Questions usually answered in a historiography include: How does this book or article relate to work already published on this historical controversy? Does the author agree or disagree with other historians who have written on the same topic? Does the author present any new information, kinds of evidence or arguments? How does this book or article compare with information in other, related books or articles? What is the significance of the differences and of the issues the books or articles have in common?
What is the process for writing an historiography?
1. Peruse and decide on a topic that you would be interested in further researching
2. Develop a research question of interest to you. See the attached handout for suggestions on what this looks like.
3. Research and find various sources needed. These may include books, scholarly articles, websites, and primary source documents. You must have at least 6 sources that you will be discussing.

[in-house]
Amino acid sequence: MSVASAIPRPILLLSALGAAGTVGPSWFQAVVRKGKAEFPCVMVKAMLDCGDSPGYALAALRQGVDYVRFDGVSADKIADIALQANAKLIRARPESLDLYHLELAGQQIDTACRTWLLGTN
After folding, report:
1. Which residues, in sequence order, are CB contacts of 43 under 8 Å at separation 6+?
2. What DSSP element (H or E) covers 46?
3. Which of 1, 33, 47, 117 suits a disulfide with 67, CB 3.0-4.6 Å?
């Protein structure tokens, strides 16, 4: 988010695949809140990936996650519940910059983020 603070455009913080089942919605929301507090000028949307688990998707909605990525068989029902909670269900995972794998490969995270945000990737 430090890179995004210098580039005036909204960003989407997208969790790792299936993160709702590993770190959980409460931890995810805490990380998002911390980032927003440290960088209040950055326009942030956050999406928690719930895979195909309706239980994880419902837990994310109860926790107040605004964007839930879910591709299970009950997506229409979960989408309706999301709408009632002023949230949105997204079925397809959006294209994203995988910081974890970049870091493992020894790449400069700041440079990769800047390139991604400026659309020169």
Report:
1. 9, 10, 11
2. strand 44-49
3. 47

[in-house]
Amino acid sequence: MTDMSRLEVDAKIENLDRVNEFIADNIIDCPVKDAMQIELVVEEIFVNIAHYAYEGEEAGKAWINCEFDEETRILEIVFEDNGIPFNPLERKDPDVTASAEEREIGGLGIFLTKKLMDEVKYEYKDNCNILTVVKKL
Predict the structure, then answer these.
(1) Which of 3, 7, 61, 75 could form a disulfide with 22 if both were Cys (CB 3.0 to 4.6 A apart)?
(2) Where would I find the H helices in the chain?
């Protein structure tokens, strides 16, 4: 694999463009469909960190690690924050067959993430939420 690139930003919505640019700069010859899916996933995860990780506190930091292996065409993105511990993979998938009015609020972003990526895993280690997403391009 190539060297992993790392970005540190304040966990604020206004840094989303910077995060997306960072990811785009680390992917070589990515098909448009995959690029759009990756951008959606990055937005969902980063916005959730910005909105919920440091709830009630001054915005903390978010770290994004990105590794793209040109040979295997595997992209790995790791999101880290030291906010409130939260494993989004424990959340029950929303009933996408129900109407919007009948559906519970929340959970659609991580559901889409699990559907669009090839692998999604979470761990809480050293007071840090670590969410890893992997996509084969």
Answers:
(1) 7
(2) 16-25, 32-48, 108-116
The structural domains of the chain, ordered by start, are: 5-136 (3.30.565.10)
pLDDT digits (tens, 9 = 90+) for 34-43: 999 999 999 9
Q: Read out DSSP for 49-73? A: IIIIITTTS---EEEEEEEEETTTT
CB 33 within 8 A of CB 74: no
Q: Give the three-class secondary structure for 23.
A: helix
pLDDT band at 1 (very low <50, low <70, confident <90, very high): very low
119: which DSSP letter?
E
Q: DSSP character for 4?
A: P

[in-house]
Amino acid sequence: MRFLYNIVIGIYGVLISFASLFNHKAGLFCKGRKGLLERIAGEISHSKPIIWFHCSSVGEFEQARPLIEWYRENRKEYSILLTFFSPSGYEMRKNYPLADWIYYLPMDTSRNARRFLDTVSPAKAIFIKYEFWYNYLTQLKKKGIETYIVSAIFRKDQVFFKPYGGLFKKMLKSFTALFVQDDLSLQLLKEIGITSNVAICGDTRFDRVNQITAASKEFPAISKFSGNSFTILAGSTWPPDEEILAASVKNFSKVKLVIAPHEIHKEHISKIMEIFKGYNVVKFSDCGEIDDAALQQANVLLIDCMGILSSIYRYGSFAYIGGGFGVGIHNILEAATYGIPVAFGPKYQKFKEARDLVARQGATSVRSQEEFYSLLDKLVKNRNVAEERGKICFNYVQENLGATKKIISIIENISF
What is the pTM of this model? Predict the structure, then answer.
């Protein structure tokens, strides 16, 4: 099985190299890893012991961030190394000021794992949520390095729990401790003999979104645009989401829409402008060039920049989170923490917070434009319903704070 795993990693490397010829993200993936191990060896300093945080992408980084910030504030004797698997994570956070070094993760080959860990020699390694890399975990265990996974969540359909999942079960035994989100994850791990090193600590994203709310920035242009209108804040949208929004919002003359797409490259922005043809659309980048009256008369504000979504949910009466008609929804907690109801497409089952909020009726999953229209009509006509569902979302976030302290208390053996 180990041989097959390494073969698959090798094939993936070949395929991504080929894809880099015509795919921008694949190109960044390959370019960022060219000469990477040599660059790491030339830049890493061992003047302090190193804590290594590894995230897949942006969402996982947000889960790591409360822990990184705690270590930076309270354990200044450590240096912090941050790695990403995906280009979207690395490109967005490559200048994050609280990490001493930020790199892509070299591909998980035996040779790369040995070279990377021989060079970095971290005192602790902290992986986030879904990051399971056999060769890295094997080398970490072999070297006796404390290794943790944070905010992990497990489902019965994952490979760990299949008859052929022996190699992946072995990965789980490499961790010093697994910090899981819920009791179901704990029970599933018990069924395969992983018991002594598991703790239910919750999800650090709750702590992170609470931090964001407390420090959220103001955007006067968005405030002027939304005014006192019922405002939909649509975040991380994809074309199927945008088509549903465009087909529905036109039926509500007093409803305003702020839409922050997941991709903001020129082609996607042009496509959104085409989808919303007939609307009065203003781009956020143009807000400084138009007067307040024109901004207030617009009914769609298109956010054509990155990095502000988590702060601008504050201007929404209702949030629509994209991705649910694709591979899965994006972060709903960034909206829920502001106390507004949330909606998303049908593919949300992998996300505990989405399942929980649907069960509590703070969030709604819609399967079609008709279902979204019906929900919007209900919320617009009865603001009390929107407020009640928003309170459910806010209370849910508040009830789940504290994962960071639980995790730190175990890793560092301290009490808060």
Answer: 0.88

4. Read or skim each source and take Cornell notes. Consider and record the arguments or theses presented in each source. Compare and contrast the information you have read. Your notes should capture answers to some of the following guiding questions:
a. What is the thesis or argument put forth in each source?
b. How do the different sources relate to each other?
c. Do some of the sources have the same thesis for your topic?
d. Do some of the sources contradict each other?
5. Begin writing your historiography.
6. Finish with an annotated bibliography to describe and cite your sources.